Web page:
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Cablegate: Nigeria: Agoa Iii: Information On Textile And

This record is a partial extract of the original cable. The full text of the original cable is not available.

UNCLAS SECTION 01 OF 02 LAGOS 000457

SIPDIS

STATE PLEASE PASS TO USTR C. HAMILTON

E.O. 12958: N/A
TAGS: KTEX ETRD EINV ECON PREL NI AGOA
SUBJECT: NIGERIA: AGOA III: INFORMATION ON TEXTILE AND
APPAREL PRODUCTION CAPABILITIES

REF: (A) STATE 26964, (B) 03 Abuja 1972

1. (U) Summary: Nigeria's textile and apparel industry
is uncompetitive and in decline, and manufacturers are
skeptical about the possibilities of reversing the
industry's long downward trend. Nigerian producers are
not yet eligible for AGOA textile and apparel benefits,
and most believe that AGOA alone will not bring about a
substantial increase in their textile or apparel trade
(Ref B). Many are leaving the business, with
corresponding negative upstream effects on Nigerian
cotton producers. End summary.

-----------------------------
TEXTILE PRODUCTION FACILITIES
-----------------------------

2. (U) Over the last ten years, many of Nigeria's
textile mills have permanently shut down. Membership
in the Nigerian Textile Manufacturers Association
(NTMA) has declined from 124 members in 1994 to fewer
than 60 today; most remaining mills are operating at
only 60 or 70 percent capacity. The industry has shed
more than 60,000 of its 140,000 jobs, and most
observers expect further decline.

3. (U) Nigerian spinning, weaving, and processing
facilities are fully mechanized, but equipment is often
outdated and poorly maintained. According to NTMA's
executive director, Nigerian spinning facilities have
810,000 spindles and 26,000 open-ended rotors. The
country's weaving facilities, he says, have 16,840
shuttle looms and 2,640 shuttle-less looms and produce
approximately 450 million meters of gray cloth
annually. Most Nigerian textile manufacturers import
ginned cotton from neighboring countries, but some,
like locally owned Nigerian Textile Mills and part
Indian owned Afprint, operate domestic cotton
plantations and ginneries. A handful of firms also
produce polyester yarns and fabrics.

-----------------------------
APPAREL PRODUCTION FACILITIES
-----------------------------

4. (U) Nigeria has no organized apparel industry. Most
garments are produced by individual tailors or by small
businessmen working with one or two assistants and a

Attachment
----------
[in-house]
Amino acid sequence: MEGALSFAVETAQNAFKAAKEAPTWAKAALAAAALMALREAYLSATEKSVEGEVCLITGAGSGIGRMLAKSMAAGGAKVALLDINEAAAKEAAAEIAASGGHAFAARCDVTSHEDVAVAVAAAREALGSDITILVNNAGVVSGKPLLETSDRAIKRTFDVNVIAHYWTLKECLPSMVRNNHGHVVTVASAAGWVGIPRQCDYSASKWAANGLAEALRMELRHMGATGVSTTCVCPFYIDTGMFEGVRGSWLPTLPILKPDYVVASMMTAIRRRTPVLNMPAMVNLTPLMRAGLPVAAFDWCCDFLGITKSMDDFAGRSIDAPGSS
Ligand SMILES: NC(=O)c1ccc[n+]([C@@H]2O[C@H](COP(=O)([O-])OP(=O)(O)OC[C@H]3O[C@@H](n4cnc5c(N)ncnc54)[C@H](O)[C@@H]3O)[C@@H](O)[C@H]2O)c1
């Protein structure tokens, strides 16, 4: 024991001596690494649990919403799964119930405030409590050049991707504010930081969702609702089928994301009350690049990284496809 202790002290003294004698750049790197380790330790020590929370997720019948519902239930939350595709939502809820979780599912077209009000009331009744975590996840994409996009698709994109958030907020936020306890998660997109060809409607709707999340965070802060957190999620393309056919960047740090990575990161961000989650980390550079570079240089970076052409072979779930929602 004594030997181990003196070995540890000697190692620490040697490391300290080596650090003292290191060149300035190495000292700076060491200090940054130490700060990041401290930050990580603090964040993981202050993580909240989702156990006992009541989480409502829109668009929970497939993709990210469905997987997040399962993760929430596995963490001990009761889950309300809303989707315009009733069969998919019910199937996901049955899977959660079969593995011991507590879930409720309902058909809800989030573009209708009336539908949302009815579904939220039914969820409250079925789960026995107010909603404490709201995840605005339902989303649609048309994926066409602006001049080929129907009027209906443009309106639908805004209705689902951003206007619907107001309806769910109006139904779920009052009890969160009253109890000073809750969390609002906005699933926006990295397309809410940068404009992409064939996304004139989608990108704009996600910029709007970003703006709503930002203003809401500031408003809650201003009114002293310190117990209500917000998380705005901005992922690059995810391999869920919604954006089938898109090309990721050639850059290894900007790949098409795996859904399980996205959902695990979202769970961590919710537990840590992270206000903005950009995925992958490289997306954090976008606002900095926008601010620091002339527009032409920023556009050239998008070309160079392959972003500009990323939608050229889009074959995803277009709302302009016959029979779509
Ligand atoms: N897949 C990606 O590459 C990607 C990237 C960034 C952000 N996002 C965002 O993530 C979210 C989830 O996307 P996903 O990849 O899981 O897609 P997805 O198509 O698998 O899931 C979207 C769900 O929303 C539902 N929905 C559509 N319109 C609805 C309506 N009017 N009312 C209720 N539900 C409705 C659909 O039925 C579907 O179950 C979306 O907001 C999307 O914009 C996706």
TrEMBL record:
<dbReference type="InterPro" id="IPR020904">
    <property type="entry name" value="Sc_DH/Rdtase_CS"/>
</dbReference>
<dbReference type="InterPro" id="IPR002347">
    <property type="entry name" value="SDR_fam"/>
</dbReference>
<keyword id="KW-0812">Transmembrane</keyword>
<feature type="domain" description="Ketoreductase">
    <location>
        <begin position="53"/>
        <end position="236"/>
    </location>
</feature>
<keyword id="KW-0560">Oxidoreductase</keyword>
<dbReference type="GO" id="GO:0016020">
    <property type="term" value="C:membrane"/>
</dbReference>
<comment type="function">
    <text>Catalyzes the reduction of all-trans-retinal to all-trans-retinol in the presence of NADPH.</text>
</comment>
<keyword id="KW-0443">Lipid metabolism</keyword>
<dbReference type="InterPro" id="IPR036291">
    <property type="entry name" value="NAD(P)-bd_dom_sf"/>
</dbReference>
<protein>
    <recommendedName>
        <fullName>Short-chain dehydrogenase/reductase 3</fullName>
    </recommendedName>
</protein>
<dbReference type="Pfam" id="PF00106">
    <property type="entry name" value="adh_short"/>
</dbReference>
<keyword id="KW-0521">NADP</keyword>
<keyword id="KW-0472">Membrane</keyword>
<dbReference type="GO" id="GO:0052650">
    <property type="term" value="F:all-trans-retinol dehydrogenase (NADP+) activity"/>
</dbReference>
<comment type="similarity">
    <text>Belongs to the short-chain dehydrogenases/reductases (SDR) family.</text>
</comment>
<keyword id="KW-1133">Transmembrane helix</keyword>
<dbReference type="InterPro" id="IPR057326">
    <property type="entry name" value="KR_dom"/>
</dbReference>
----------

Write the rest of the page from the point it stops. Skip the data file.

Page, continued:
handful of sewing machines. Locally produced or
imported cotton fabric is the most common input, with
imports coming chiefly from ASEAN countries. These
should decline after the GON's January 2004 ban on
textile imports. Finished products range from
traditional dress to designer clothes geared toward
Nigeria's affluent.

-----------------------------------
TARGET MARKET FOR FINISHED PRODUCTS
-----------------------------------

5. (U) According to NTMA's executive director, 65
percent of Nigeria's textile production, mostly cotton
or polyester yarn and gray cloth, is sold domestically,
with the remaining 35 percent exported to neighboring
countries or Europe (primarily Italy, Spain, and
Portugal). Yarn produced from Nigerian cotton is often
exported as discounted non-dying yarn due to
contamination by fibers from cotton pickers'
polyethylene bags. None of Nigeria's finished products
are exported to the U.S.

-------
COMMENT
-------

6. (U) Nigerian textile manufacturers are uniformly
bleak about the prospects of turning around a declining
industry. High input prices, unreliable power
supplies, and poor transportation infrastructure have
forced many producers to close their doors, and many
observers expect further decline, particularly since
attracting new investment has become increasingly
difficult. Nigerian producers are not yet eligible for
AGOA textile and apparel benefits, and few producers
have expressed interest in expanding textile or apparel
manufacturing facilities. Unless Nigeria secures AGOA
textile and apparel certification or sees its main
textile products, cotton yarn and gray cloth, become
eligible for duty-free treatment, the legislation's
extension is unlikely to have much impact.

GREGOIRE

© Scoop Media

 
 
 
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